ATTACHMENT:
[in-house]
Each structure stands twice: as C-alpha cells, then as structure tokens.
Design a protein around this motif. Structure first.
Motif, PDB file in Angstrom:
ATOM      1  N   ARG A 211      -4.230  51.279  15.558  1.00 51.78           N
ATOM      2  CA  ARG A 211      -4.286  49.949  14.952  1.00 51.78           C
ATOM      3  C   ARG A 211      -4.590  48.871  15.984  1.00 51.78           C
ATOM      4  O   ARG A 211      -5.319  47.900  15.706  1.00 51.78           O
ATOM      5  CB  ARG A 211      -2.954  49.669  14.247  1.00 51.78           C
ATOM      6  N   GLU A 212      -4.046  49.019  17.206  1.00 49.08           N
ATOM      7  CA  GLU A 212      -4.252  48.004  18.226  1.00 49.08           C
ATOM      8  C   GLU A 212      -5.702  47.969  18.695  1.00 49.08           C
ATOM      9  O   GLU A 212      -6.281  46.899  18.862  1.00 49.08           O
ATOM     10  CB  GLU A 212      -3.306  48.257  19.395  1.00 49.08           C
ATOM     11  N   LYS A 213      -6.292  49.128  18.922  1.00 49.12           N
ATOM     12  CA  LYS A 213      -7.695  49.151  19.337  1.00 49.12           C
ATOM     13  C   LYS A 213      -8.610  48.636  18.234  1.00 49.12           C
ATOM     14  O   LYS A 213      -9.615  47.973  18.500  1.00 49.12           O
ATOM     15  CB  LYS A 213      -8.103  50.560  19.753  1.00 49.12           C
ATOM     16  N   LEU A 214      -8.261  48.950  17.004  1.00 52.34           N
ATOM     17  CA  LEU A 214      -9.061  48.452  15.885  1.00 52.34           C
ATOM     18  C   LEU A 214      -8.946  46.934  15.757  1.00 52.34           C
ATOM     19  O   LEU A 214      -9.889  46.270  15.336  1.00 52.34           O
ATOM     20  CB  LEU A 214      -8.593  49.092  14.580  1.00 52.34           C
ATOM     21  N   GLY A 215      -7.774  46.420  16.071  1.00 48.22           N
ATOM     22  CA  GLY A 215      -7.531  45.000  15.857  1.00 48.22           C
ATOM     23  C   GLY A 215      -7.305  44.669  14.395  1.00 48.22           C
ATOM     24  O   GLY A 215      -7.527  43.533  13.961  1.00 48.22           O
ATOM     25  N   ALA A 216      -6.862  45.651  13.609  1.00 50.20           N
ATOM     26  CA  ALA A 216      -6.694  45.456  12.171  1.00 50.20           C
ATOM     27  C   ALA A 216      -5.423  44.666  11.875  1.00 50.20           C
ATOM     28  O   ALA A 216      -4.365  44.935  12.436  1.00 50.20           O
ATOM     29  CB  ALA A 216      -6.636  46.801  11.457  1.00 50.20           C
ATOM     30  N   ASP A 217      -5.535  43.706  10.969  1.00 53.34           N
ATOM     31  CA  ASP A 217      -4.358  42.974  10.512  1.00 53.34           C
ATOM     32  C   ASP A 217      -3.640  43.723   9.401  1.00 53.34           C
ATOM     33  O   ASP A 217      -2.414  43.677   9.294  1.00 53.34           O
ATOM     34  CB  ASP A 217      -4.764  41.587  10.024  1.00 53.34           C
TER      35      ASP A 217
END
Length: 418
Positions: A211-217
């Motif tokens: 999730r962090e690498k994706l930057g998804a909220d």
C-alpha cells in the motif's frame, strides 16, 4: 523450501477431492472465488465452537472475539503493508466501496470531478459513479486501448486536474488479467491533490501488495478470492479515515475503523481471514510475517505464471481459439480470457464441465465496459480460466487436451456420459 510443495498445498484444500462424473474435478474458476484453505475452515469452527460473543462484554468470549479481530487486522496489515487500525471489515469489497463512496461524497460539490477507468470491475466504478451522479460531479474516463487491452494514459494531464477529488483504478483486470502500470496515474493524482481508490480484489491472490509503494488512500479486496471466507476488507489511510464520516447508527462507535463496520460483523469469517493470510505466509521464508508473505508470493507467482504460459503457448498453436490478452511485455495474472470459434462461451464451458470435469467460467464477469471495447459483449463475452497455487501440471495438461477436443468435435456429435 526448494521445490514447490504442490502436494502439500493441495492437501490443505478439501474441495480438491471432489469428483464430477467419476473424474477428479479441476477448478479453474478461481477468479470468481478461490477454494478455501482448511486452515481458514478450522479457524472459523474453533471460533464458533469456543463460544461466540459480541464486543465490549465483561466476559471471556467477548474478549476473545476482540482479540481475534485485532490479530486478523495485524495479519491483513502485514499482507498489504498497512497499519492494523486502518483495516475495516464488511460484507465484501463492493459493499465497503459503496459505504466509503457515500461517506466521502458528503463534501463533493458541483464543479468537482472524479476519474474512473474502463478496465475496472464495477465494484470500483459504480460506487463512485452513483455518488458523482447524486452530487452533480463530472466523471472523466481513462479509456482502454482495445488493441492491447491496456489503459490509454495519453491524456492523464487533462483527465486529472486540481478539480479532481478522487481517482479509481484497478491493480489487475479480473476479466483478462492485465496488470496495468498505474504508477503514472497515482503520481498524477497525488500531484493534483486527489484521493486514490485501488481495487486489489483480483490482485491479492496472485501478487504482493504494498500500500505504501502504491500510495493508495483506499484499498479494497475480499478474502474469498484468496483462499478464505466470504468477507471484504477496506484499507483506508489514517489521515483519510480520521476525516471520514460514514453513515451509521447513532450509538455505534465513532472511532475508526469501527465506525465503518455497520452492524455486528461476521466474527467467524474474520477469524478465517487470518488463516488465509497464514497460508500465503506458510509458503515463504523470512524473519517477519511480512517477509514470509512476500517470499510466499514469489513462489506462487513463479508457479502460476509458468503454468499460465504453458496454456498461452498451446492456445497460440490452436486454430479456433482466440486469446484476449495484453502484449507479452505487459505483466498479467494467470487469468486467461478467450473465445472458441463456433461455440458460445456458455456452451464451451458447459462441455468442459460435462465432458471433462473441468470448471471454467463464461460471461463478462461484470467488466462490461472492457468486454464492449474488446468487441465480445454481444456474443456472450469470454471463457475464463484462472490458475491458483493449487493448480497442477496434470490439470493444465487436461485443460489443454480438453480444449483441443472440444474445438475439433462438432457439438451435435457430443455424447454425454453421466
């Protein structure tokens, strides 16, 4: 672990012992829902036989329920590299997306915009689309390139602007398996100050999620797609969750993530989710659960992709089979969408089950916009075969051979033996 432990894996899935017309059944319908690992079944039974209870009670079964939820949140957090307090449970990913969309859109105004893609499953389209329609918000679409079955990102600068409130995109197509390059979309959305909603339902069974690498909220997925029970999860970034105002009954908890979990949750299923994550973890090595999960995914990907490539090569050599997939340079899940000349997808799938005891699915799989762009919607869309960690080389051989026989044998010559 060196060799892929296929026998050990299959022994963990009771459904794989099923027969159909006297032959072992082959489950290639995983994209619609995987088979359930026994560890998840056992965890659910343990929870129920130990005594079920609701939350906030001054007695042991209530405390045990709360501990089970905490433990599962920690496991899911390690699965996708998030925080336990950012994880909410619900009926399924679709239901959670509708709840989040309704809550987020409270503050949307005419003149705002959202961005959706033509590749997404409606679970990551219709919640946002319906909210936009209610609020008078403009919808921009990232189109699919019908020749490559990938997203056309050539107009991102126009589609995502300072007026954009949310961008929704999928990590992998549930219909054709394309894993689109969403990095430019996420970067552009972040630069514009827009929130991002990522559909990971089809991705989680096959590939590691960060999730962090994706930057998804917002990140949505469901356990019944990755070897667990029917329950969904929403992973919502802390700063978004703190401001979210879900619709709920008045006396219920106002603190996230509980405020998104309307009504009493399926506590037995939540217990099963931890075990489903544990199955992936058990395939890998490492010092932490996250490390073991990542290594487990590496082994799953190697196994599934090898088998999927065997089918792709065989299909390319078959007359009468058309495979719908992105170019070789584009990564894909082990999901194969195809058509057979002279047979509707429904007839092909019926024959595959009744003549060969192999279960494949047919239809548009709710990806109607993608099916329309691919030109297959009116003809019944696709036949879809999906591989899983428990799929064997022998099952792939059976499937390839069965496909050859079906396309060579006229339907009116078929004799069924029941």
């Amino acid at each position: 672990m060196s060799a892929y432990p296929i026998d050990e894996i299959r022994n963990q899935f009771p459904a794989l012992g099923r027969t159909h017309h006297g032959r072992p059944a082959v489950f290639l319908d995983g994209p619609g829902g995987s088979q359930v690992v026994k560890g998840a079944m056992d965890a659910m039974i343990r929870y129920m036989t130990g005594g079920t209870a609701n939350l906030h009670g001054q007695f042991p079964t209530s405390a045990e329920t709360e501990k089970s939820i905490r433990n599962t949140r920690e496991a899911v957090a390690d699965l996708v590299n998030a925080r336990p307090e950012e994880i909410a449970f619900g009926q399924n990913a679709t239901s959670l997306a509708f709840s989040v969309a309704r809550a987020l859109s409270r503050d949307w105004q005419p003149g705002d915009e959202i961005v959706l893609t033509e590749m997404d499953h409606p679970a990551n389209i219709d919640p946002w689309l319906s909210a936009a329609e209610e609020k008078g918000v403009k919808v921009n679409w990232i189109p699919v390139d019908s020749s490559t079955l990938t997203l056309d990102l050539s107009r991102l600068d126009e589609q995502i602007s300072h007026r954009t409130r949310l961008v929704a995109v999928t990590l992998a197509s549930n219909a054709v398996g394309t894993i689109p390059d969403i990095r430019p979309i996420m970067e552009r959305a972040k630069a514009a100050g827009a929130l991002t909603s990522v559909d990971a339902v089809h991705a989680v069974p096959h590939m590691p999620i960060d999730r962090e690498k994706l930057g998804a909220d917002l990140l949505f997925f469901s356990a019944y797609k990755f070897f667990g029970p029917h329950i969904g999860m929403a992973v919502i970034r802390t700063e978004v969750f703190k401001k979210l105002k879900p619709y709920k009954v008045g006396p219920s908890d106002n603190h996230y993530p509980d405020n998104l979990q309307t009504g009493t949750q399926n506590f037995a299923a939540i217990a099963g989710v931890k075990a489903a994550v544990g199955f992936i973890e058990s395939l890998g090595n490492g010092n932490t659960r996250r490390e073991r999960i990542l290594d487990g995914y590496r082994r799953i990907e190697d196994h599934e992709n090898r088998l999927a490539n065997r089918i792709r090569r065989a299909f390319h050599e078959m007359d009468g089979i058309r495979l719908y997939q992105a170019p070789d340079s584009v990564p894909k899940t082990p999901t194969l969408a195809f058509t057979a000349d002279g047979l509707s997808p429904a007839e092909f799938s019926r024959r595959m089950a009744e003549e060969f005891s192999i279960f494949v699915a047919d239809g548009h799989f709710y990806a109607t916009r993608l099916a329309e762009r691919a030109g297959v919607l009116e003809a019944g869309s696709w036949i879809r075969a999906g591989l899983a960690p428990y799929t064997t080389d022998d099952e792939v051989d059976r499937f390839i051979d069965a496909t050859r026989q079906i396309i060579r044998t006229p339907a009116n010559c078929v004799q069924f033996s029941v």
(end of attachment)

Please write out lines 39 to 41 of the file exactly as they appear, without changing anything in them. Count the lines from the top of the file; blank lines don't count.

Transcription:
TER      35      ASP A 217
END
Length: 418